func someMethod<S:Sequence where S.Iterator.Element == Int>(@variadic _ values:S) { … } // Flexible, (probably) multi-pass, generic solution
func someMethod<C:Collection where C.Iterator.Element == Int>(@variadic _ values:C) { … } // Flexible, definitely multi-pass, indexed, generic solution
In this case the Iterator variation is preferred for greatest flexibility, but it will depend upon the actual requirements of the method. Any of these can be called as follows:

someMethod([1, 2, 3, 4, 5, 6])  // normal array-literal call for any of the above
someMethod(1, 2, 3, 4, 5, 6)    // variadic call, synonymous with array-literal call
someMethod(foo)                 // foo is an existing Array, Foo, Iterator, Sequence or Collection variable as appropriate
This altered declaration syntax has a number of advantages over existing variadics:

No requirement for a custom syntax (see alternatives however)
A single declaration can handle variadic and collection/sequence/iterator invocation (no need for some other workaround such as reflection).
Greater flexibility over the actual type of the variadic collection/sequence/iterator, not restricted to Array or array-like.
Developers are free to choose the syntax used at the call-site based upon preference (or pass a variable instead).
Declaration is more discoverable (option-click the @variadic attribute to view documenation).
 <https://github.com/Haravikk/swift-evolution/blob/2743411af02e3ac6761fbdd780ede1af4cc34ee7/proposals/0000-variadics-as-attribute.md#impact-on-existing-code>Impact on existing code

This proposal as given would remove the existing variadic syntax (trailing elipsis), but a fix-it should enable easy conversion between the following:

func someMethod(_ values:Int...) { … } // Old style
func someMethod(@variadic _ values:[Int]) { … } // New style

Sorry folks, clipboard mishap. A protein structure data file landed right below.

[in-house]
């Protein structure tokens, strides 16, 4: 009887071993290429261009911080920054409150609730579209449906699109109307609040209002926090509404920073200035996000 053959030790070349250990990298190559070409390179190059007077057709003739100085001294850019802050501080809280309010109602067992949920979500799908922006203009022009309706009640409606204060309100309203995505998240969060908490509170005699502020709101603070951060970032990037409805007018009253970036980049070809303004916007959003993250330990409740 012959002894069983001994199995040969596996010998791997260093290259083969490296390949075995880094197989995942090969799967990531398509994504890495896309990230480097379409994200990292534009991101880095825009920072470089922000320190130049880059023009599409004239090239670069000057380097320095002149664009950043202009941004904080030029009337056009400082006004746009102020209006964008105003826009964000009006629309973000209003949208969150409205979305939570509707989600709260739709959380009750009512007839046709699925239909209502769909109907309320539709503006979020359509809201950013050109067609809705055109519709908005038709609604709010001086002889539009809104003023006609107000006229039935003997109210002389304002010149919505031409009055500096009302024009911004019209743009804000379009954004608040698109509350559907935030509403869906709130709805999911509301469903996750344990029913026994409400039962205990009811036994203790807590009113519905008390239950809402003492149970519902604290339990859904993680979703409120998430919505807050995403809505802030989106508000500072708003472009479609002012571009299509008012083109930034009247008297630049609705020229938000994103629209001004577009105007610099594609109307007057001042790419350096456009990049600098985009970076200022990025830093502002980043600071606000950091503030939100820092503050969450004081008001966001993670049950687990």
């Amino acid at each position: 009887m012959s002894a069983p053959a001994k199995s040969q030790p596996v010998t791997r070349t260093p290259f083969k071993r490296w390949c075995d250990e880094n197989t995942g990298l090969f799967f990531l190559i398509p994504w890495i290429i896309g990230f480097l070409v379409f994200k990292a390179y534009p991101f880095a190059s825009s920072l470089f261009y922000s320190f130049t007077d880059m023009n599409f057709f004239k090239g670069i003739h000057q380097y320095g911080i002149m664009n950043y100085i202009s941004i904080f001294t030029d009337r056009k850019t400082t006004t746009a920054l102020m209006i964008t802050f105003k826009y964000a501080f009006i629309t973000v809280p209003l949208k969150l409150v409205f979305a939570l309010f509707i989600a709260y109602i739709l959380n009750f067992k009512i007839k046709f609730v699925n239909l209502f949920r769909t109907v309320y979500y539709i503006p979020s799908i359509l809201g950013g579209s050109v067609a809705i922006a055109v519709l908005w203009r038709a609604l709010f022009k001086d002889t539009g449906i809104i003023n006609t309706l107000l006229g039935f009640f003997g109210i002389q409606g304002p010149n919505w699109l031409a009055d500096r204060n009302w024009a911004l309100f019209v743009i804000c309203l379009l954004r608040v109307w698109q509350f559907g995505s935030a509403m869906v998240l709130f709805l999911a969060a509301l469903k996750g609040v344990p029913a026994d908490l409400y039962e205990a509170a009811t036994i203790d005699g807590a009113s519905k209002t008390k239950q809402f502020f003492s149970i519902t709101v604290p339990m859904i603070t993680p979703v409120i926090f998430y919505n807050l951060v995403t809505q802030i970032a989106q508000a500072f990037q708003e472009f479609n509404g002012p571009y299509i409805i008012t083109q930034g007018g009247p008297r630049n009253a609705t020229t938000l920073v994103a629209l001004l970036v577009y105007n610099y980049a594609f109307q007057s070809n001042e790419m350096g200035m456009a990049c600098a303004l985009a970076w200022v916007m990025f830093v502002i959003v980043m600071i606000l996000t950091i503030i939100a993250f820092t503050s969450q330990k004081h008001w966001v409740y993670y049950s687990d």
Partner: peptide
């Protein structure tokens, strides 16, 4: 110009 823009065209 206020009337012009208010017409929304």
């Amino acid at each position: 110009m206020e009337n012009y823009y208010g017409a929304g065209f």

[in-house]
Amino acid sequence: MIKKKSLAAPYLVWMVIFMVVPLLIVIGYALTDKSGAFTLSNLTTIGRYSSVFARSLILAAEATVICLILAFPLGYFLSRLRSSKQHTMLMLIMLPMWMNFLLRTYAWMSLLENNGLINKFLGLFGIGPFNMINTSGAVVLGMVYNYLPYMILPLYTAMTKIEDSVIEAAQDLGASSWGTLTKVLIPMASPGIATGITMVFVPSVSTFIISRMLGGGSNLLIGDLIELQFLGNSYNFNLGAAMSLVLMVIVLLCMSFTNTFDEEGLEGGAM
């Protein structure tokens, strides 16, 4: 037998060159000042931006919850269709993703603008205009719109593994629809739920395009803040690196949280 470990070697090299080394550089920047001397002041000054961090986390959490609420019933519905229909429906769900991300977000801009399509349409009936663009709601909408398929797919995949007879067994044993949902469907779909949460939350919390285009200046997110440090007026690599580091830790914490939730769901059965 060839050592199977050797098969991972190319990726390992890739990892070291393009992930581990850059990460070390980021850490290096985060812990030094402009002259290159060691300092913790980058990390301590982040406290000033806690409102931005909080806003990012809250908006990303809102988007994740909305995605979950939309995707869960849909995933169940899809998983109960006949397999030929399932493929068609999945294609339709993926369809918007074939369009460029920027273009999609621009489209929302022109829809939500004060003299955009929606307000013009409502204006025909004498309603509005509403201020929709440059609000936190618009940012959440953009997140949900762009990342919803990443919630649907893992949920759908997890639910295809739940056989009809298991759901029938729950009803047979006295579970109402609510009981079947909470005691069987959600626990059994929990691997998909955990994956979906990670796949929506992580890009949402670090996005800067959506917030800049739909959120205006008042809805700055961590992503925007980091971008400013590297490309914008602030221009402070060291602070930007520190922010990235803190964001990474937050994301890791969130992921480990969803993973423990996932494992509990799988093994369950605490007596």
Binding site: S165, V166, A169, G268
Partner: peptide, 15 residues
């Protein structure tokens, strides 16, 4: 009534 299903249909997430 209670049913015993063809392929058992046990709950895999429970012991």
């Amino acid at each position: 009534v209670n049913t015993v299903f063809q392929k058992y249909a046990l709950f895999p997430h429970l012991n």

However there is an alternative to consider below that will affect this.

 <https://github.com/Haravikk/swift-evolution/blob/2743411af02e3ac6761fbdd780ede1af4cc34ee7/proposals/0000-variadics-as-attribute.md#alternatives-considered>Alternatives considered

One alternative is to simply have the existing variadic syntax produce a method taking an array of the same type, that is implicitly capable of being used in variadic style (but also used directly with Array values). However this has less flexibility than the above, which permits non-Array types. A compromise could be to allow the existing style to remain as a shorthand, though this may discourage consideration of the most appropriate type (in general developers should be encouraged to accept generic types for greatest utility wherever possible, but if trailing elipsis is easy we may just end up with Array being used most often).

The other main alternative considered was removing variadics completely; while this is actually the preference of some (myself included), it seems a lot developers do not wish this. This proposal is intended as a compromise that coallesces variadics with regular functions, without eliminating the possibility to use either style at the call site as developers prefer.